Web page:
At the larger end of that scale - that is, when we are talking about "centuries" and "millennia" - I must confess to another prejudice: I really don't like the "Millennium Fever" which has been sweeping so much of our world lately. Need I say why? "Millenarianism," "Chiliasm," or by whatever pretentious name one cares to dignify it, has been too much a part of all those goose-stepping "Systems" - Christian, Muslim, Manichean, Marxist . . . - which presume to give marching orders to History. If I get nothing else out of this exercise, I want to register my protest, my "conscientious objection," against all that.

Furthermore, even taken as a simple arithmetic measurement of 1,000 years, a Millennium is really too vast to be grasped as an intelligible unit - at least for any human history, any human experience. I don't mind acknowledging centuries. They at least exist on a more intimately human scale. There have always been at least a few fortunate human beings who have actually lived somewhere around a hundred years. No doubt that is why that wonderfully polyvalent Latin word saeculum - which can sometimes be translated as "century," and sometimes as "world" - had for its primordial meaning, a human generation; or, more largely, the maximum life-span of a human being.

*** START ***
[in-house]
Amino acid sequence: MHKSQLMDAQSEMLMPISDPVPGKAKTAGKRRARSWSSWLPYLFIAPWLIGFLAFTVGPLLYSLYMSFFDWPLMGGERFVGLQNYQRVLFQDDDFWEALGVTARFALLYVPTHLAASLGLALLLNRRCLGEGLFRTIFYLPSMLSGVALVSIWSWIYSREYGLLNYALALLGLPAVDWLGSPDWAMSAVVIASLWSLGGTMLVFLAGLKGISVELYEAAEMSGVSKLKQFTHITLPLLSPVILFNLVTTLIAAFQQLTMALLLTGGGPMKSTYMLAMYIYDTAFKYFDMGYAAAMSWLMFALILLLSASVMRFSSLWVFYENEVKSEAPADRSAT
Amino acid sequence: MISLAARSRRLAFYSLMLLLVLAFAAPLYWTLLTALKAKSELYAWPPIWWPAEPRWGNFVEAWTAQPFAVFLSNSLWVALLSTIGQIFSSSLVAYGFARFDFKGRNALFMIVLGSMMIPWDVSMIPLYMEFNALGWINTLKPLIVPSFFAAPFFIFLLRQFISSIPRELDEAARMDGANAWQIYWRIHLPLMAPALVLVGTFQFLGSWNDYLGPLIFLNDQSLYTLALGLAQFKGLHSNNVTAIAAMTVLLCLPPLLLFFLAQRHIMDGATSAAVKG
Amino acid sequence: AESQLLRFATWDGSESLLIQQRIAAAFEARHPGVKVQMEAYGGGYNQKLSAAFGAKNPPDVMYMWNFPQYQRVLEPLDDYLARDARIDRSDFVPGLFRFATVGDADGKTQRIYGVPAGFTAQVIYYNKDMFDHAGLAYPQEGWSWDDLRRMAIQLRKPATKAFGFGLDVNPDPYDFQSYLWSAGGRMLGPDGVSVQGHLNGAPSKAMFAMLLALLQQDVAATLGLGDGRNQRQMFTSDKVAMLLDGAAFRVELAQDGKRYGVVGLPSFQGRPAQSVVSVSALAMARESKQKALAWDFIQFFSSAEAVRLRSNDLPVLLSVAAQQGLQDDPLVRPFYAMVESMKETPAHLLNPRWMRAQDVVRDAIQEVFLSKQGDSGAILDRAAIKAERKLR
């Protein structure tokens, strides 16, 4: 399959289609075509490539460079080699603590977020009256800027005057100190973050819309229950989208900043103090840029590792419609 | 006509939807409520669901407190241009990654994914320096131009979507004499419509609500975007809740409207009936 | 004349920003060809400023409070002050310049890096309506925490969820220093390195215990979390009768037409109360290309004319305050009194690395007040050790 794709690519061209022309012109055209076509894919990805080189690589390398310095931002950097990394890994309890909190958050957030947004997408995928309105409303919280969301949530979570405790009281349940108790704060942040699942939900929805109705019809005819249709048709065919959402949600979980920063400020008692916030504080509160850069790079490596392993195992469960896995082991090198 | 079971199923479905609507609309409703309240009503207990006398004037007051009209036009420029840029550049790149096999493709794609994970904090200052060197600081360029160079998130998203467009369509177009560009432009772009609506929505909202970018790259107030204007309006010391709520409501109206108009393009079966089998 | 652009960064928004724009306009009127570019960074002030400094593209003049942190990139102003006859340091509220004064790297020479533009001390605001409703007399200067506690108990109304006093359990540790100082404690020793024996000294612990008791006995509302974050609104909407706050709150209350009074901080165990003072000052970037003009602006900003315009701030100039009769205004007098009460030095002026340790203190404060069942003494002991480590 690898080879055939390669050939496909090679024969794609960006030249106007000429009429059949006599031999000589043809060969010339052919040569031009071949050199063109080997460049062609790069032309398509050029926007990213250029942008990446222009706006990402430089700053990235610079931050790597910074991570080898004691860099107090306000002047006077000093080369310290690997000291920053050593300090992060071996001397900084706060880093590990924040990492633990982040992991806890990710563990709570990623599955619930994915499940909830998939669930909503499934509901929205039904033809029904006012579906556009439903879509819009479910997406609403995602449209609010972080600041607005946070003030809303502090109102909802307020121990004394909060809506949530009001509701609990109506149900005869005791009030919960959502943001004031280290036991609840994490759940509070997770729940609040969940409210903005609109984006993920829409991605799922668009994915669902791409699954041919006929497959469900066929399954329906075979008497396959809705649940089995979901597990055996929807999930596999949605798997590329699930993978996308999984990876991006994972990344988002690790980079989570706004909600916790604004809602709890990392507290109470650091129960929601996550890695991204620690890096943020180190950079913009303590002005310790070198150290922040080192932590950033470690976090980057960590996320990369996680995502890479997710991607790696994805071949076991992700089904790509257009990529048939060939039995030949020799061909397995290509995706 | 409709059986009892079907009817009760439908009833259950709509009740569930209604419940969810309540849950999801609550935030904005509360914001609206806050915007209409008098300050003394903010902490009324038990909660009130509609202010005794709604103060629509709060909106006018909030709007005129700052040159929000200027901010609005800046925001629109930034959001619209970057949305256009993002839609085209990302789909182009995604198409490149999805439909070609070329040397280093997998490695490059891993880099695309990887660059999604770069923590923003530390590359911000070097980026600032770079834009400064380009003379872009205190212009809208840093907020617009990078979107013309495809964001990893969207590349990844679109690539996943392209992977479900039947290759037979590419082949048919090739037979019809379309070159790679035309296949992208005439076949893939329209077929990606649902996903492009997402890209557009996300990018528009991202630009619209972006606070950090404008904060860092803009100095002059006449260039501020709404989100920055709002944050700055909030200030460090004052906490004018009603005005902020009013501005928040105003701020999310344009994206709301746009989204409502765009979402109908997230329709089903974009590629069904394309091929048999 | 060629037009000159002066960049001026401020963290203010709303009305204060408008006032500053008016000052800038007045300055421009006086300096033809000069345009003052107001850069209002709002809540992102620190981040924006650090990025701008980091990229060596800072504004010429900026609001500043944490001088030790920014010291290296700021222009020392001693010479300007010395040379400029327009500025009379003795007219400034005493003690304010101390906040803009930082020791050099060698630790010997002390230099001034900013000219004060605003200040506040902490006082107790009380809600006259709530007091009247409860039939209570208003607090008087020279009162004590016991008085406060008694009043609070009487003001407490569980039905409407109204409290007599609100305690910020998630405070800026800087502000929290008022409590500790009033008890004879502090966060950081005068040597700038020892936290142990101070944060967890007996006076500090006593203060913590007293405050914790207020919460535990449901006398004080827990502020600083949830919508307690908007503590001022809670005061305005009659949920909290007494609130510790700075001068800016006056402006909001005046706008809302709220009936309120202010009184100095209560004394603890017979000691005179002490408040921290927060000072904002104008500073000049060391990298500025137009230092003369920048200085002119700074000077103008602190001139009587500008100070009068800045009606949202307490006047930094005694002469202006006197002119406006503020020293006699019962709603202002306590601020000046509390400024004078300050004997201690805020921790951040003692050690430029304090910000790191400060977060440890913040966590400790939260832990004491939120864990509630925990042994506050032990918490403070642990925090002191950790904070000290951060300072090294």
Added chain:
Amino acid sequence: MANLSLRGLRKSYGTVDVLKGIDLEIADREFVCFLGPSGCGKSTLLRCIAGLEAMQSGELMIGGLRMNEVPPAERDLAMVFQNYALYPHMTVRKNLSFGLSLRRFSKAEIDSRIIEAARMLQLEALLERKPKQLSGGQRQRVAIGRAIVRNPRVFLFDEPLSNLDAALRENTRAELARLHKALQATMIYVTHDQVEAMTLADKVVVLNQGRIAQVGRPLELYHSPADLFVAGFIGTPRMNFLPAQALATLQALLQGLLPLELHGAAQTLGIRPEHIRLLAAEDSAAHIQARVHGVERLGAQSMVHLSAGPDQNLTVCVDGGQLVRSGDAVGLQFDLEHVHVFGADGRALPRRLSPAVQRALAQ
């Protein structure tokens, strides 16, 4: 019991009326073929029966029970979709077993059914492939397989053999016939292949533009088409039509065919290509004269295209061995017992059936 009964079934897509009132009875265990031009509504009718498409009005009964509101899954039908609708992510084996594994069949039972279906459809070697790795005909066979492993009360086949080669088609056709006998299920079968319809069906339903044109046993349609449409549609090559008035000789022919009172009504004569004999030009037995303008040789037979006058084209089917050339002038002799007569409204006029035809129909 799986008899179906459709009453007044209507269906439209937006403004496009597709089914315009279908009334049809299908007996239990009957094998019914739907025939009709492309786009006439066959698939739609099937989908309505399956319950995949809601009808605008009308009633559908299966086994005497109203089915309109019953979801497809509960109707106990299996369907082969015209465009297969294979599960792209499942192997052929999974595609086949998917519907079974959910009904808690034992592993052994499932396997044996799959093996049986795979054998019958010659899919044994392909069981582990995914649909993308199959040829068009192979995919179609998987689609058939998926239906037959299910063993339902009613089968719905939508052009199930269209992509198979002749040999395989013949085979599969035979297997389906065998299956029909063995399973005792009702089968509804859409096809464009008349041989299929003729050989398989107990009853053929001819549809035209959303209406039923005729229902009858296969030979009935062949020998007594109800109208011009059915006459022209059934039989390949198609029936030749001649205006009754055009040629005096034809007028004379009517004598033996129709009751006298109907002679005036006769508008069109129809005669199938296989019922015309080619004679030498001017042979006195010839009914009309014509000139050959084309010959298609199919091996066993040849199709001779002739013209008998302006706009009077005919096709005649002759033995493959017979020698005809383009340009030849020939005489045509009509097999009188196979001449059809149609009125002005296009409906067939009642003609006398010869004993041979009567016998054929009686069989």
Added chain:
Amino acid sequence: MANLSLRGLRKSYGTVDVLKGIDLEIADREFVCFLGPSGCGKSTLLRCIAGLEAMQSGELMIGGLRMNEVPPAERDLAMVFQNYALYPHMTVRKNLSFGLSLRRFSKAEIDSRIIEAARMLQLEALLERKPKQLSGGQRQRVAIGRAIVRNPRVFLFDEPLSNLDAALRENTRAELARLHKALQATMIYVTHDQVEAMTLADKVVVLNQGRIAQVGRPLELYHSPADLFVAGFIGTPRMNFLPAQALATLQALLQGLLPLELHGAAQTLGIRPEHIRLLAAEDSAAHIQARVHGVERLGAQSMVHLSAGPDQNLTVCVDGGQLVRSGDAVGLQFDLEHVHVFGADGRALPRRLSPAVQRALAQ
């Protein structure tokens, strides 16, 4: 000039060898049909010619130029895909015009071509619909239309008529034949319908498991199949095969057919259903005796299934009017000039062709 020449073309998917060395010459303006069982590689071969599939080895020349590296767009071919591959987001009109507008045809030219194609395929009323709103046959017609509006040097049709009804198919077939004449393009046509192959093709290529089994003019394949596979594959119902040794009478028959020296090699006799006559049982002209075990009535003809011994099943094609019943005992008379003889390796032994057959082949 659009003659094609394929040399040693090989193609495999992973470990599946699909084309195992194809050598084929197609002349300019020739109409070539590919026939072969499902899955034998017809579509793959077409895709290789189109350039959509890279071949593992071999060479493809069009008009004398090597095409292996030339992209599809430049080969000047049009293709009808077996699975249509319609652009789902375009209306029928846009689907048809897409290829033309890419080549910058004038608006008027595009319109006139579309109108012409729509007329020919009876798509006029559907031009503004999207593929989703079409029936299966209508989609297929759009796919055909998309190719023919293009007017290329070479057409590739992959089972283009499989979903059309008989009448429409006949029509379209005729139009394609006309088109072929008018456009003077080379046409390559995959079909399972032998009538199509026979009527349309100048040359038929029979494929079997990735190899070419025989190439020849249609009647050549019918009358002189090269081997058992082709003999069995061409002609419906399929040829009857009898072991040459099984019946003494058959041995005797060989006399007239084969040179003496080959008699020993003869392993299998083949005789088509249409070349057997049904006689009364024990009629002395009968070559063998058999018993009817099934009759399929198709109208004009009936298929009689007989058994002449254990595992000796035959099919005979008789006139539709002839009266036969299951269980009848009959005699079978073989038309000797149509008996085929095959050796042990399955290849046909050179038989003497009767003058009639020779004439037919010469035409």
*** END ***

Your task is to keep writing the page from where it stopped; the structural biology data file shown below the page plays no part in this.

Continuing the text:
I prefer that kind of scale for estimating history; to me it seems, somehow, the least unnatural. And so, if my suggestion of "Pagan History" be seen as too strongly provocative for some people - "pagan" still carrying too much baggage, too many negative connotations - then as a second choice I would propose "Secular History" as a nicely double-edged slogan to express my quirkily utopian hope for an alternative to all those Millennarian projects which have given us so much grief for at least . . . - well, I suppose we might as well allow them their word here! - for these last two Millennia which we have now just about (barely!) gotten through.